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Old 10-27-2006, 08:13 AM   #4
Greg Everett
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Join Date: Oct 2006
Posts: 1,838

PM issues 15 and 16 has the two parts of my last flexibility article:

Basic take-home point in regards to hamstring flexibility is that you must isolate them from the back when stretching--almost invariably people will allow their lower backs to flex when attempting to stretch the hamstrings. Lower backs tend to be extremely flexible and even hypermobile, while hamstrings tend to be exceedingly tight. It's common to hear that hamstrings are unusually resistant to stretching, but I think this is a product of poor stretching and a failure to actually hit them adequately, not any inherent characteristic of the muscles.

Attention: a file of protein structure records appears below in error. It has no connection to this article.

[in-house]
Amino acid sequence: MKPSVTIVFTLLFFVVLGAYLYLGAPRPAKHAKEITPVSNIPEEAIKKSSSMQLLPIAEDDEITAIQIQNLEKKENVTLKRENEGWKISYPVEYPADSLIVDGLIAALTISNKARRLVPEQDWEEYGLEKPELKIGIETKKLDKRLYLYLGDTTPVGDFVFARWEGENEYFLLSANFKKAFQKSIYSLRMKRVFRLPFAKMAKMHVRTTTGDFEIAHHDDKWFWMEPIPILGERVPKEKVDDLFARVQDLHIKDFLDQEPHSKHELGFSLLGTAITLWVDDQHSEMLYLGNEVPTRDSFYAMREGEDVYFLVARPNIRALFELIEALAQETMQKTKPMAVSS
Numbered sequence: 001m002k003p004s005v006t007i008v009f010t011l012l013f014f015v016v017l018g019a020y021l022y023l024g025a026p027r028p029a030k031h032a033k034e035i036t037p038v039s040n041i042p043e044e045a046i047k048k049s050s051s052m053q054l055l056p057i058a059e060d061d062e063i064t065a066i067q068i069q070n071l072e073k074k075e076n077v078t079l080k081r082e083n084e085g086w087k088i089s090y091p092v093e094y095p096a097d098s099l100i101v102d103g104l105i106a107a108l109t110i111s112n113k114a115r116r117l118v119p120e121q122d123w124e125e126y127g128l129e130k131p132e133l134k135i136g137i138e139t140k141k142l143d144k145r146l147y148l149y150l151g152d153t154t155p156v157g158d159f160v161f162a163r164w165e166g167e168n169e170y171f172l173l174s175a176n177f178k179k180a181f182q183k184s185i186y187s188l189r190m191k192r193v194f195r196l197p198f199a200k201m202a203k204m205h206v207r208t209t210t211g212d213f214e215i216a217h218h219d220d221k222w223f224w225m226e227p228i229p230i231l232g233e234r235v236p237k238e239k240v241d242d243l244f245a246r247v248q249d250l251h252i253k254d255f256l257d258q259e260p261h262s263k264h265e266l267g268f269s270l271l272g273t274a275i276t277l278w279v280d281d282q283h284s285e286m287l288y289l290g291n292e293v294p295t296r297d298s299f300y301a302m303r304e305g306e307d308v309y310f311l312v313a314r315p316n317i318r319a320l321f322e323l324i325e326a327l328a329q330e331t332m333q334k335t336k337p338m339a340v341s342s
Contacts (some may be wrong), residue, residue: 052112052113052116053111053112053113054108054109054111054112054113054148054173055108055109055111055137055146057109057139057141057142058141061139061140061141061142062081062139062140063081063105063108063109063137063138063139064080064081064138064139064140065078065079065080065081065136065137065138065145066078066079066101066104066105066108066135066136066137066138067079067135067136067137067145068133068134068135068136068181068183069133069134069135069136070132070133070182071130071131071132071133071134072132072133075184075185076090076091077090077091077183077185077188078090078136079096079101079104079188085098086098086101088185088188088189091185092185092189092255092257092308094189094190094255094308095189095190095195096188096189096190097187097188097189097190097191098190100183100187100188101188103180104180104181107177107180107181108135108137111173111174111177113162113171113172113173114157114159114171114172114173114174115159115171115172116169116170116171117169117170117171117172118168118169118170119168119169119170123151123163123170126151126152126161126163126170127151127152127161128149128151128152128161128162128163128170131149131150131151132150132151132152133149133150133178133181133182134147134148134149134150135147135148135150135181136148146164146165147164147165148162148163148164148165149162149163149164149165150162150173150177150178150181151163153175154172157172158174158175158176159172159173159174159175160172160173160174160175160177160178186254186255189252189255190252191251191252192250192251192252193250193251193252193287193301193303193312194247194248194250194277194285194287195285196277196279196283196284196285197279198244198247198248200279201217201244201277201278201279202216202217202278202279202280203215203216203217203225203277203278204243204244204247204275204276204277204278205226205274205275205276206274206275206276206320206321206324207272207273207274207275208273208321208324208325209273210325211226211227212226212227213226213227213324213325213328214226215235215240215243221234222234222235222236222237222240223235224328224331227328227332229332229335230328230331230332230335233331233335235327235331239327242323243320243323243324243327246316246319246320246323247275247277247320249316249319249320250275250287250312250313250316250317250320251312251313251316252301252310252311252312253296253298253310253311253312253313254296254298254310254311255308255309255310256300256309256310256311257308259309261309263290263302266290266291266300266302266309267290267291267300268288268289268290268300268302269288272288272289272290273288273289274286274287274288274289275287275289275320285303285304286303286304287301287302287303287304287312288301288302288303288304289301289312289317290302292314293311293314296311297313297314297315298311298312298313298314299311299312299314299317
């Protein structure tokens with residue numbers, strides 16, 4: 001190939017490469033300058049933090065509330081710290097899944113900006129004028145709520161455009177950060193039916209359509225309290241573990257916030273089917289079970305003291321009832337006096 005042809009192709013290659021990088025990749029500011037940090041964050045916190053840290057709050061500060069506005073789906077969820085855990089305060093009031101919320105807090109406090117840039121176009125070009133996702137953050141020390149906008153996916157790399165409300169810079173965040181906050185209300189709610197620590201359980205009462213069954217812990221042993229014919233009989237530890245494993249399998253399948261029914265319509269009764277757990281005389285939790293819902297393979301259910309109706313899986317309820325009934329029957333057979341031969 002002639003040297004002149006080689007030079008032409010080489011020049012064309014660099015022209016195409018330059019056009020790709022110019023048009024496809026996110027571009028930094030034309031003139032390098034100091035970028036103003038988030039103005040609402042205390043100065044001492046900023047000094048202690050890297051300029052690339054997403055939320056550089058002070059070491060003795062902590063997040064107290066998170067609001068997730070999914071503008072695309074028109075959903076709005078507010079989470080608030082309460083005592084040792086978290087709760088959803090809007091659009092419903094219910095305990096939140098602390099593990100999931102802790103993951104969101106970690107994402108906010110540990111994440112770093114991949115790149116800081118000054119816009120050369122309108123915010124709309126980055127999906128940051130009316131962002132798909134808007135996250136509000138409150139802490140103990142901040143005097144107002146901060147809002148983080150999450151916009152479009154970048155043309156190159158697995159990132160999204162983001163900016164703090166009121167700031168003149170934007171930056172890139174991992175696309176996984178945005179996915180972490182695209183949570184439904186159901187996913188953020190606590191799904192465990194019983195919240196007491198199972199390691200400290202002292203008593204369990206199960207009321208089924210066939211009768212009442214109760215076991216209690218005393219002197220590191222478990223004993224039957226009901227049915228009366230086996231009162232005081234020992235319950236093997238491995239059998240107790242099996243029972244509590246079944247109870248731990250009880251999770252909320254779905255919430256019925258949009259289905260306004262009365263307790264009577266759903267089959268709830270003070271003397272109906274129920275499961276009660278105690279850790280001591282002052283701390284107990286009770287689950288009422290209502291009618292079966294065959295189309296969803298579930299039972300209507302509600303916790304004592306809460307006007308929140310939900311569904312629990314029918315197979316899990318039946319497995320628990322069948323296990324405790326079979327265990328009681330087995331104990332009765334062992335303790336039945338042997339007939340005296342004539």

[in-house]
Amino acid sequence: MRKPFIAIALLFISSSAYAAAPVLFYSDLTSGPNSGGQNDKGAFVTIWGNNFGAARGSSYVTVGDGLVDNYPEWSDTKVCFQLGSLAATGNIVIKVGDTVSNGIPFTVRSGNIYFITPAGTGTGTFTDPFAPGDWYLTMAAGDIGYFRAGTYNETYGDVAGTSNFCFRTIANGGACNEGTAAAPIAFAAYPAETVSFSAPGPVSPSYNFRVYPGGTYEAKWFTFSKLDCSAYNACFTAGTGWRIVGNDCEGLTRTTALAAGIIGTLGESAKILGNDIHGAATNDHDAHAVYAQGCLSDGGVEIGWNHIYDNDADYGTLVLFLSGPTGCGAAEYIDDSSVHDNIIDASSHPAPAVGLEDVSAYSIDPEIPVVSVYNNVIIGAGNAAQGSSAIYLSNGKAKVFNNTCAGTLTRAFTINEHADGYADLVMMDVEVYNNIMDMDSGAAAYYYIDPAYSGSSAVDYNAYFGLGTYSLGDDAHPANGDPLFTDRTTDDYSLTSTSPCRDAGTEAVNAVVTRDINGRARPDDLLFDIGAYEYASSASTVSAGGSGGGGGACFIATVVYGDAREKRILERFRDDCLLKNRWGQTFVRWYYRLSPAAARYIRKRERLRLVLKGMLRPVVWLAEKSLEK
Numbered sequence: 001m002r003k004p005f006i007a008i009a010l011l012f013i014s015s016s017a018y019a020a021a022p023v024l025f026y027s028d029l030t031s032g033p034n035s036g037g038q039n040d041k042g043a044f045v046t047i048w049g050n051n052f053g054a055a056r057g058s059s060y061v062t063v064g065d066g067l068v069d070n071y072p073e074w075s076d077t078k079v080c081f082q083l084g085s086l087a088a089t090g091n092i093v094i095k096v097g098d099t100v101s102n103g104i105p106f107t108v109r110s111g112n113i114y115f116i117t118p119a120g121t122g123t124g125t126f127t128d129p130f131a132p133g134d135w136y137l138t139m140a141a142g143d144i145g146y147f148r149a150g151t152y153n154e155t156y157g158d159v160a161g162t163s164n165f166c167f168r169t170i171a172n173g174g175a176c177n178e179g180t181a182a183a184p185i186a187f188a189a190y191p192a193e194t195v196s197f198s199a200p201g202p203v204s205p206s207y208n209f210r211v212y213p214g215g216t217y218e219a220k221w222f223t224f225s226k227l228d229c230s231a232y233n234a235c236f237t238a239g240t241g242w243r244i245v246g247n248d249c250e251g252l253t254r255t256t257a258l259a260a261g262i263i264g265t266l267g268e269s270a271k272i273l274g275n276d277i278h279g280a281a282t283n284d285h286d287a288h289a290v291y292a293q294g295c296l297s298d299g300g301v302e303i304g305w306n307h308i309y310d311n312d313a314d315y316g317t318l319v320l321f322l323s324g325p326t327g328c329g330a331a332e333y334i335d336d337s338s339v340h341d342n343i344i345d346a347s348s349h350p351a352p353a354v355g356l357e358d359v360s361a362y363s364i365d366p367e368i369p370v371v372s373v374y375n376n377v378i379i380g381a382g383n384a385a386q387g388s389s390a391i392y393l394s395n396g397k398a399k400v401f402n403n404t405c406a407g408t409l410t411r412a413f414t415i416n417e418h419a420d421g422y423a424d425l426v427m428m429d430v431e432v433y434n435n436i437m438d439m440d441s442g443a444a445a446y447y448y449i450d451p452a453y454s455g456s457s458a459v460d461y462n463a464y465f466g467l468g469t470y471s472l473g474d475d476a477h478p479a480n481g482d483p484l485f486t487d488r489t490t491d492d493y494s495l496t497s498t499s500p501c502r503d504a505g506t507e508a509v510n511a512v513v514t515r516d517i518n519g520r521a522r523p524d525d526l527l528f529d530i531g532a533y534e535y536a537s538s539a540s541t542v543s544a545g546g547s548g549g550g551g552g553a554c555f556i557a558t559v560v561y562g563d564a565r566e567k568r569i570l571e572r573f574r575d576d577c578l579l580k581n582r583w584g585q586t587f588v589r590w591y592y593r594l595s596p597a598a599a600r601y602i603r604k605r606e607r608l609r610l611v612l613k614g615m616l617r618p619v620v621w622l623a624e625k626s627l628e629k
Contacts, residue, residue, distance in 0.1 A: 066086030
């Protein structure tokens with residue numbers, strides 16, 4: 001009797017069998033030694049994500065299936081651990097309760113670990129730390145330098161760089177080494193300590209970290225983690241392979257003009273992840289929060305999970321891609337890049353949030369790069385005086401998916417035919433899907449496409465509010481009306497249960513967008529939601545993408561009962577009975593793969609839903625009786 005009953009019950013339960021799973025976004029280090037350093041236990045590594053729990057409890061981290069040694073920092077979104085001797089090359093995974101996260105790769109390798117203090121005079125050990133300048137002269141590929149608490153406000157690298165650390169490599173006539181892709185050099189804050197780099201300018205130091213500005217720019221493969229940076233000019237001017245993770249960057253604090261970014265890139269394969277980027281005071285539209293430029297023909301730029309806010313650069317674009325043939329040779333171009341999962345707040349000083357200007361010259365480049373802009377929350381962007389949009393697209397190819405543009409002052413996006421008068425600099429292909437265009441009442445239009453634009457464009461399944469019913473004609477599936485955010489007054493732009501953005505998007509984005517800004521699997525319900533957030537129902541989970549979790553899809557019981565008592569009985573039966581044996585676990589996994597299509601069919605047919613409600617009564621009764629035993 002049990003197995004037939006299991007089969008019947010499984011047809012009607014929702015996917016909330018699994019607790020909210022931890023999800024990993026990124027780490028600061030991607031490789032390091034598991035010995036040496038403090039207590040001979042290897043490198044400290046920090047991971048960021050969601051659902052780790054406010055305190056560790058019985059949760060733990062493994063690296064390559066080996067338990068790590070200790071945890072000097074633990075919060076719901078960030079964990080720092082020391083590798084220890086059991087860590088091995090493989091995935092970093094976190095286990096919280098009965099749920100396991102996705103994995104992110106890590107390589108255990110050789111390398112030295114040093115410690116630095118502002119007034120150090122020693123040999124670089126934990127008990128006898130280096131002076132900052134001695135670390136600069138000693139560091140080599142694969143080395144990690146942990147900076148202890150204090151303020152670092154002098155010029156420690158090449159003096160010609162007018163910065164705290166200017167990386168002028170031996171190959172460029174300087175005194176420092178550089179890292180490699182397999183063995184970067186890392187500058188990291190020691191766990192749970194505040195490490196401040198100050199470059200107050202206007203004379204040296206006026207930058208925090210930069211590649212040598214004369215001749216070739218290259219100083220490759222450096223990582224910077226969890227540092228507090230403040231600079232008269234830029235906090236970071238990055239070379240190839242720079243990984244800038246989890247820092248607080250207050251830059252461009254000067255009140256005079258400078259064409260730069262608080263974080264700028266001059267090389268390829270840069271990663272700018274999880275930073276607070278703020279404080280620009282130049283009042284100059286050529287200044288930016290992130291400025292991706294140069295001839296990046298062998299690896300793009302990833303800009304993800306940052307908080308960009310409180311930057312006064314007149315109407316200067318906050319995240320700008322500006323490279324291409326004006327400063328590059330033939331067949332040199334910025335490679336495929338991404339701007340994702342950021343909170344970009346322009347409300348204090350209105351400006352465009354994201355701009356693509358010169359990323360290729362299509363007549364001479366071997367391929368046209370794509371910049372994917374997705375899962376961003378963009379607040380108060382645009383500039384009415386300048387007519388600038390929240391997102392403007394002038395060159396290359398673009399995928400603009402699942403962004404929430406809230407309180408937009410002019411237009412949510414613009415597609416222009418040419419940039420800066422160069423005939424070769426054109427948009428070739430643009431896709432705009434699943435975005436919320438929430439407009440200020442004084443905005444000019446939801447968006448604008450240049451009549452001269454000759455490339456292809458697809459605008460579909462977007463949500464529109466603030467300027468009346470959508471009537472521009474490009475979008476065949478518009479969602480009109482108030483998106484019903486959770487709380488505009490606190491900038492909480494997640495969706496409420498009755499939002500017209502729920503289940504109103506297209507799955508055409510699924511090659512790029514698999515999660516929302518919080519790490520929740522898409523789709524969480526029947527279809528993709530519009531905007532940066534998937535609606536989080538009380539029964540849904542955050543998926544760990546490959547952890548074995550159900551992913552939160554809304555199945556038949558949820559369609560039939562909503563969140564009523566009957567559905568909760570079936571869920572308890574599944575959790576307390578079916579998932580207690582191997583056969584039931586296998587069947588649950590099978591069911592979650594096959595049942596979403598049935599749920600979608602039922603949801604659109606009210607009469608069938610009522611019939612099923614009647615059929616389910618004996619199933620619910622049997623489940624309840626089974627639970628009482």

PNF stretching will loosen you up as quickly as anything, just go easy--think of it as being akin to training and make sure you recover in between sessions.

Consistency is important too. Someone in your position will need to stretch daily at minimum to see results that will impress you. I would suggest multiple times daily--some light dynamic stretches in the morning, dynamic stretches pre-training, static stretches post-training, and some light static stretches in the evening. Don't overdo it--these stretches should not be avusling the muscles from the bones--you don't need to be in pain for the stretches to be effective.

Some specific hamstring stretching advice in this thread too:
Olympic Weightlifting: A Complete Guide for Athletes & Coaches - 3rd Edition Now Out

"Without a doubt the best book on the market about Olympic-style weightlifting." - Mike Burgener, USAW Senior International Coach

American Weightlifting: The Documentary
Catalyst Athletics
Performance Menu Journal
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